On the wild side of the farm, Jon is creating an upland prairie ecosystem that will attract more insect species.
“I continue to see so many cool new things in the wild area, especially the variety of insects that will bring more birds,” Jon said.
Both the wild side and the pastures encourage insects like earthworms and dung beetles that thrive in this ecosystem and help break down organic matter, enriching the soil with nutrients and enhancing its overall health.
Jon is also planting more wildflowers for the native pollinators like bees and butterflies. “Because of our commitment to organic farming, which is free from harmful pesticides, we are creating a safe haven for these essential pollinators,” he said.
Land and Soil
The soil on Jon’s farm is very complex, with billions of microbes in each handful of soil.
“We create a place where the microbes are happy,” Jon said. “They have needs, too.” For this to happen, Jon and Ross plant more than 15 species of flora on top of the ground for healthy animals and rich soil.
Some of the plant varieties in the pasture and on the wild side include perennial rye, brome and orchard grass, legumes like white and red clover and plantains.
This plant diversity is a salad bar for cows!
Jon and Ross switched from organic to 100% grass-fed milk under Organic Valley’s Grassmilk® dairy brand in 2017, ensuring that the herd eats only grass and no grain.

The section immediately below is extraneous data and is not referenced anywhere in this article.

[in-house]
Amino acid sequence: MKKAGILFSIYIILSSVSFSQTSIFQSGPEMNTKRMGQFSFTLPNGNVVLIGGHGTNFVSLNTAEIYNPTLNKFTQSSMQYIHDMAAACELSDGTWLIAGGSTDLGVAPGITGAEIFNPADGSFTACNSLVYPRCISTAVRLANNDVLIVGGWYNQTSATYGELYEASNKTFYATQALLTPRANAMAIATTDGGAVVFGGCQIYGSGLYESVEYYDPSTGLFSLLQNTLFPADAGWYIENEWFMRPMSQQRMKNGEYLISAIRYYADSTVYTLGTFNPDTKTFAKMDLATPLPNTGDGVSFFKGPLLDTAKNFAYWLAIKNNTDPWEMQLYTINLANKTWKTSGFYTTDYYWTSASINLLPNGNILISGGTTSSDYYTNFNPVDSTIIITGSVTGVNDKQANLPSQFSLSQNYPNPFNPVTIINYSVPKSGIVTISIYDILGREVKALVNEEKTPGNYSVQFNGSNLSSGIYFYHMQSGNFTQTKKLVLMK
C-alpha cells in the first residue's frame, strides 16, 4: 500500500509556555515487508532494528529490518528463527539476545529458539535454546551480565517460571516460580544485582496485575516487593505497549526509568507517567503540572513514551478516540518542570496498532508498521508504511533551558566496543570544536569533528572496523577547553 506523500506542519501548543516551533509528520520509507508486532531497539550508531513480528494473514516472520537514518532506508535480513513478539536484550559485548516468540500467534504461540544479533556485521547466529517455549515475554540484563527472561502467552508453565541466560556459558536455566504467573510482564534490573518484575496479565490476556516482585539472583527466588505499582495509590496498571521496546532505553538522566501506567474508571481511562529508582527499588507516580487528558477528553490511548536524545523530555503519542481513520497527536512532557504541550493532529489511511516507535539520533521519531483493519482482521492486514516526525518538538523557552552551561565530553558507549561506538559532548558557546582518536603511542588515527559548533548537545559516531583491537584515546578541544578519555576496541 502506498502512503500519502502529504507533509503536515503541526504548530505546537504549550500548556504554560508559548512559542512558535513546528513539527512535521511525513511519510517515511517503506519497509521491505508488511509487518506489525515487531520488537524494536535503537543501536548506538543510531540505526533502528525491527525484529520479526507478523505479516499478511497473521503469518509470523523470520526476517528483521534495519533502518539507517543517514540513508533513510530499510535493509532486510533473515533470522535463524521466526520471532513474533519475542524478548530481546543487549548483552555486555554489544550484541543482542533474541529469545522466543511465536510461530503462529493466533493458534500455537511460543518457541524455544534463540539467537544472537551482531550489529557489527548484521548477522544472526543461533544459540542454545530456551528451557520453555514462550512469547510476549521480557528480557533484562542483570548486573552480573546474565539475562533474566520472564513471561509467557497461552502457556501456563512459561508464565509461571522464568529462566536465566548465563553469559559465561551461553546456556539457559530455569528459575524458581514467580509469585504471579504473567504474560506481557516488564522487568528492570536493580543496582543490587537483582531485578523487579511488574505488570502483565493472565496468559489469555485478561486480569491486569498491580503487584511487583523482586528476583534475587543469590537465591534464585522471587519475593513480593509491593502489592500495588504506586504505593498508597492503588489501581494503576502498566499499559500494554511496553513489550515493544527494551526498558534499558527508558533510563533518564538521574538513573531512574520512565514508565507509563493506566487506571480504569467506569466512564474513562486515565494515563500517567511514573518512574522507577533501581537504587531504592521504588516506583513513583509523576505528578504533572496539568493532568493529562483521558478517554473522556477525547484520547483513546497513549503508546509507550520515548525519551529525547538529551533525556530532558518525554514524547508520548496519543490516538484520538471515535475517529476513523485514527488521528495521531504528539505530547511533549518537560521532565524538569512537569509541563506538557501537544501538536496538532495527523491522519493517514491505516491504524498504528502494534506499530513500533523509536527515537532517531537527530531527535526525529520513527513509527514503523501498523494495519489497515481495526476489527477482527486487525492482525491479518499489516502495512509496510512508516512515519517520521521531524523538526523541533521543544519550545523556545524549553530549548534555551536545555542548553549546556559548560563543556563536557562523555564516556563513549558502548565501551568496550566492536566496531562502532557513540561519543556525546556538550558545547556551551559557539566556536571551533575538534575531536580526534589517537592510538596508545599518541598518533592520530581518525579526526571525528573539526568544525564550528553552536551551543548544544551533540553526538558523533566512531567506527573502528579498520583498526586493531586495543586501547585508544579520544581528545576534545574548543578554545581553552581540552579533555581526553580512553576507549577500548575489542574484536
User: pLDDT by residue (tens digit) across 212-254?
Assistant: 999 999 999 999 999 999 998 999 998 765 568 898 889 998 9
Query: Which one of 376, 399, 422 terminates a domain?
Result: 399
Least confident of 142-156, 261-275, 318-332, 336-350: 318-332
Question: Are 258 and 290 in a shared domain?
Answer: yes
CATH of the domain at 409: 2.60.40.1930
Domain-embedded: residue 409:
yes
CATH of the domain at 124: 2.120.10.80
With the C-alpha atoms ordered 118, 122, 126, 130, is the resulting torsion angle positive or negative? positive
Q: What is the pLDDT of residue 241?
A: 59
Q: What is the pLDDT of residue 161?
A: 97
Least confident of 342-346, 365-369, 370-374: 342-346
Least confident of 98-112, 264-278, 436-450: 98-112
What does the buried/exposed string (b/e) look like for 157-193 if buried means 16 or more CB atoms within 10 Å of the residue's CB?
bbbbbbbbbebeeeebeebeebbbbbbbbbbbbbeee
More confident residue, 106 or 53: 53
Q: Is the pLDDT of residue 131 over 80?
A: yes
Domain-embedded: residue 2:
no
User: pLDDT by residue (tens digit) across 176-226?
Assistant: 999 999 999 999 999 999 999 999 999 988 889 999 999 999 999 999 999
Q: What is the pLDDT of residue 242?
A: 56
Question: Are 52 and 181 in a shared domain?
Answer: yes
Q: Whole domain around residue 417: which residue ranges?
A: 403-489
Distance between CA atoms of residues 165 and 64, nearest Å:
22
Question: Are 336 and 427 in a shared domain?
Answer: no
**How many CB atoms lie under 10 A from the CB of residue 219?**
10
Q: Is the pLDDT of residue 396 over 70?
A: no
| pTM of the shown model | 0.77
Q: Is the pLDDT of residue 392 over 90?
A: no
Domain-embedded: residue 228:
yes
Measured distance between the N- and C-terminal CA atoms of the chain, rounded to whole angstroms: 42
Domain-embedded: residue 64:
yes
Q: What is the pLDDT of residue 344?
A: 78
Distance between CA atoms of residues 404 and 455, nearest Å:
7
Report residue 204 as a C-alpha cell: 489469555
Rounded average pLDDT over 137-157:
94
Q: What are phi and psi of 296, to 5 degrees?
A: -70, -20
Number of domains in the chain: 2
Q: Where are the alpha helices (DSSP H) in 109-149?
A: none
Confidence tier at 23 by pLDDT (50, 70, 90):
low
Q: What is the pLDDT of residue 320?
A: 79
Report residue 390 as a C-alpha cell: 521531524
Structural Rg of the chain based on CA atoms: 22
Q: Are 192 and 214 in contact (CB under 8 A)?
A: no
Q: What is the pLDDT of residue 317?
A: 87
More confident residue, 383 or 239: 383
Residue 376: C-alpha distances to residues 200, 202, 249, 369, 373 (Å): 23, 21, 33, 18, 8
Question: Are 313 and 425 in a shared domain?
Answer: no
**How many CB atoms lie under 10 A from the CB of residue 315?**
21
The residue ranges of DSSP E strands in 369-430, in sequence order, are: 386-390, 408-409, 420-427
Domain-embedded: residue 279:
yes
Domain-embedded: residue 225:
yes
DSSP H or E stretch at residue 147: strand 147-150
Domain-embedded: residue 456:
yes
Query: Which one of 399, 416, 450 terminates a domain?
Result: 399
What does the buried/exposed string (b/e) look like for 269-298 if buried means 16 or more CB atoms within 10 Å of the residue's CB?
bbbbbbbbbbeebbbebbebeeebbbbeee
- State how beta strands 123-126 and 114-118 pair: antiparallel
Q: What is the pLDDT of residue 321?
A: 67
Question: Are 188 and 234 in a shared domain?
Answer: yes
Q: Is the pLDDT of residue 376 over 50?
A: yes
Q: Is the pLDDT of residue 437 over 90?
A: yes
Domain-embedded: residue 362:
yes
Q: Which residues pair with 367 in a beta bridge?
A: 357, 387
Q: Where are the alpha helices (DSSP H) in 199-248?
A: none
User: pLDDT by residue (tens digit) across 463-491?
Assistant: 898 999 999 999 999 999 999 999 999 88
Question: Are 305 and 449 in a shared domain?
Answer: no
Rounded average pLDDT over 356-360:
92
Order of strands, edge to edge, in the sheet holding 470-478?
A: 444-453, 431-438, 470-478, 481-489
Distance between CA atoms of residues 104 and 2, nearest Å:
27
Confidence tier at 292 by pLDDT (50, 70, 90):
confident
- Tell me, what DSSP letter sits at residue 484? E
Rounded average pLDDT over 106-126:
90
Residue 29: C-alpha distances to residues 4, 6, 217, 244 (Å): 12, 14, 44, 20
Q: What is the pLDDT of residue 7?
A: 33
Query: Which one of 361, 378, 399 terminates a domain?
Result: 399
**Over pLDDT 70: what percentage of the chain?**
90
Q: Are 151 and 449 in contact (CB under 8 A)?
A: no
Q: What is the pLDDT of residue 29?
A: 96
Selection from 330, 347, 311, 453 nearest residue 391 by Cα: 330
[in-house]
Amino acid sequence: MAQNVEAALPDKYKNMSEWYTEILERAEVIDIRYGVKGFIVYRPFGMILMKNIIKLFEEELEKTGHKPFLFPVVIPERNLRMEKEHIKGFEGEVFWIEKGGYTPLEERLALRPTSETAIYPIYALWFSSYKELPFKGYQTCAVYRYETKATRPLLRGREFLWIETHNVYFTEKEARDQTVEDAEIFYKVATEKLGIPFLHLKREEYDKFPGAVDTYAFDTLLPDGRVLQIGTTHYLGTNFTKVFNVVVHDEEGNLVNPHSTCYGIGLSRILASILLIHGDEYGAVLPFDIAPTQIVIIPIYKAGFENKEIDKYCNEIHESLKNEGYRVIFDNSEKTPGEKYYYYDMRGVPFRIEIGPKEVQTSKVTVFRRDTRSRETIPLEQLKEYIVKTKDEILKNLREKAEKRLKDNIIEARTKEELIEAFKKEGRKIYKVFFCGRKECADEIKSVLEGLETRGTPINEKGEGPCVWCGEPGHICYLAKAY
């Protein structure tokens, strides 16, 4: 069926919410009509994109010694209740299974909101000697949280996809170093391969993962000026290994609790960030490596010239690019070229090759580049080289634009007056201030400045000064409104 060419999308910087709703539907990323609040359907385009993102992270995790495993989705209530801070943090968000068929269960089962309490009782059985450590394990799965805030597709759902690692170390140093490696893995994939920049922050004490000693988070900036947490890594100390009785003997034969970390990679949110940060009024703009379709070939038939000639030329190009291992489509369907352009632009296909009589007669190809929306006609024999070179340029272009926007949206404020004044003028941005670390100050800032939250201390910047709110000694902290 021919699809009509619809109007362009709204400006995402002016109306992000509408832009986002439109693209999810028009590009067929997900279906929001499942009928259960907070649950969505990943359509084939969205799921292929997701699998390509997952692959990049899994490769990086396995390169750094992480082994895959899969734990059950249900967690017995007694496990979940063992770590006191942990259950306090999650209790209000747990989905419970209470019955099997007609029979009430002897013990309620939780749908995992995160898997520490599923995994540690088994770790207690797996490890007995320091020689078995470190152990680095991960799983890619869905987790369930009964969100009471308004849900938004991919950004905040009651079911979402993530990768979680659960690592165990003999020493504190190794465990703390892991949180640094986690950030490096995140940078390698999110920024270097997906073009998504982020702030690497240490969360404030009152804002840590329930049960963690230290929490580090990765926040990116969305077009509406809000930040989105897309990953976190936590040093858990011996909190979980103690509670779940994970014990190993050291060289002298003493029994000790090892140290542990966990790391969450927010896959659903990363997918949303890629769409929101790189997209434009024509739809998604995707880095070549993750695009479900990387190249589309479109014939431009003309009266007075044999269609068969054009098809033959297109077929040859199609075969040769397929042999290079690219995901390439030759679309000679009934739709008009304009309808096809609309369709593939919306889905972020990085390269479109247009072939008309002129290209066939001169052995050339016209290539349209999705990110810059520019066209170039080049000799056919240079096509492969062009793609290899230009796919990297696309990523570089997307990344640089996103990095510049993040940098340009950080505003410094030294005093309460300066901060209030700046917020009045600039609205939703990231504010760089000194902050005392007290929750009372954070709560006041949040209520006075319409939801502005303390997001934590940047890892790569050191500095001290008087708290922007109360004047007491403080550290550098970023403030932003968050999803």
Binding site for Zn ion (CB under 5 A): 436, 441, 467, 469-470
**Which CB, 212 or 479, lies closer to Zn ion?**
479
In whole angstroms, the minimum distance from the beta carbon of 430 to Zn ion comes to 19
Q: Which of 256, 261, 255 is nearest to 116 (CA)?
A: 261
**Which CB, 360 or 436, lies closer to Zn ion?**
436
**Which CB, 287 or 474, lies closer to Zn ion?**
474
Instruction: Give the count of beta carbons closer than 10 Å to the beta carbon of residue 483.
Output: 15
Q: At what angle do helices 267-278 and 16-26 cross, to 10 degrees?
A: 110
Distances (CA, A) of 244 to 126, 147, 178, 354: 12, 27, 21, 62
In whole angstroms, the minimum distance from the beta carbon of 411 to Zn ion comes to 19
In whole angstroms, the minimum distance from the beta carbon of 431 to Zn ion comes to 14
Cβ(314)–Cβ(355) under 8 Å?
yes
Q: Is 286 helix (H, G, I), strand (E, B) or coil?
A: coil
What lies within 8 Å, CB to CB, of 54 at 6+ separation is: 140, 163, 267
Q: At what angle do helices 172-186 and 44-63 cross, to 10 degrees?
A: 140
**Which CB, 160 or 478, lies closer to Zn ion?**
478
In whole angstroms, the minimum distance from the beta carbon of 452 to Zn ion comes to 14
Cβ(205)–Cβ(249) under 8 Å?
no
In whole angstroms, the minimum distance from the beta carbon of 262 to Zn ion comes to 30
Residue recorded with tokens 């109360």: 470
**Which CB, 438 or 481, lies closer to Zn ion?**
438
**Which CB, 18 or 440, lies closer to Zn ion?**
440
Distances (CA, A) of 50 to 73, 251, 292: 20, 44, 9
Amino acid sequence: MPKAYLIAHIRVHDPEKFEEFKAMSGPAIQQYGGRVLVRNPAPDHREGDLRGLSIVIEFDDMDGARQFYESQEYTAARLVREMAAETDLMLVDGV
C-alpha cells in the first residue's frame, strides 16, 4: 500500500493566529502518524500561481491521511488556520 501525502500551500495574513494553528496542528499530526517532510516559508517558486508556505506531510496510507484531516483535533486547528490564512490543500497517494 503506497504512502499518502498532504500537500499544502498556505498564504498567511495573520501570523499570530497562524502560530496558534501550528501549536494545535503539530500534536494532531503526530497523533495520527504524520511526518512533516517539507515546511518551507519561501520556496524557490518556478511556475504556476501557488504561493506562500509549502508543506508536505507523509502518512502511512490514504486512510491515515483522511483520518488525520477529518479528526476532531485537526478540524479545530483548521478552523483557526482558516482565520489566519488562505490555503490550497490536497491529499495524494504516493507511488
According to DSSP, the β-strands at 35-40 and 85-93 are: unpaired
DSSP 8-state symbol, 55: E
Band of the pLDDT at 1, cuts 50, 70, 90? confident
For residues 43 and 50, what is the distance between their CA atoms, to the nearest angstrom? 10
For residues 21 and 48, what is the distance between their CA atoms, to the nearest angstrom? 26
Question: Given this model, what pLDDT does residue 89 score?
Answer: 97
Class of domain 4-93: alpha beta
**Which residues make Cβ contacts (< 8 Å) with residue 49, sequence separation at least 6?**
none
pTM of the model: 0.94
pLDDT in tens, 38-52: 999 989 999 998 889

Each plant, grass and legume has a distinct relationship with different microbes in the soil.
“It is crucial to build an ecosystem that helps sustain the soil and in turn creates a healthy environment for both our animals and for ourselves,” Jon said. “I am always observing the land to learn what works in the system. Nature wants to do what nature wants to do, so I have to act along with it.”
Trees and Shrubs
Jon loves trees and has planted more than 4,000 trees throughout the farm, adding more trees each year. They provide shade for the cows and habitat for wildlife and birds.
“Cows don’t like to be hot, and I have seen the temperatures continue to rise each year with climate change,” said Jon, referring to last summer’s heat dome when temperatures rose to 116 F. “The trees also sequester carbon and replenish organic matter in the soil when they lose their leaves in the fall.”
Jon and Ross have also planted shrubs in hedgerows throughout the pastures to provide biological diversity for wildlife and pollinators. Among the tree and shrub varieties on the farm and on the wild side, there are big leaf maple, hemlock, Douglas fir, cascara, wild cherry, ash, coastal redwoods, snowberry and white oaks.
"If I could talk to my younger self, I’d say ‘plant more trees.'"
Double J farm is surrounded by creeks and rivers that are home to native fish, cutthroat trout, chinook salmon fry (juvenile fish) and more. In nearby Cooper Creek, Ross often observes a beaver hard at work building a dam.
“It’s fascinating to watch them assemble the dam and see the architecture unfolding in nature,” Ross said. “Some farmers don’t like the beavers since their dams can create a wetland, but we welcome them as part of our overall wild ecosystem.”
The Farm vs. the Wild Side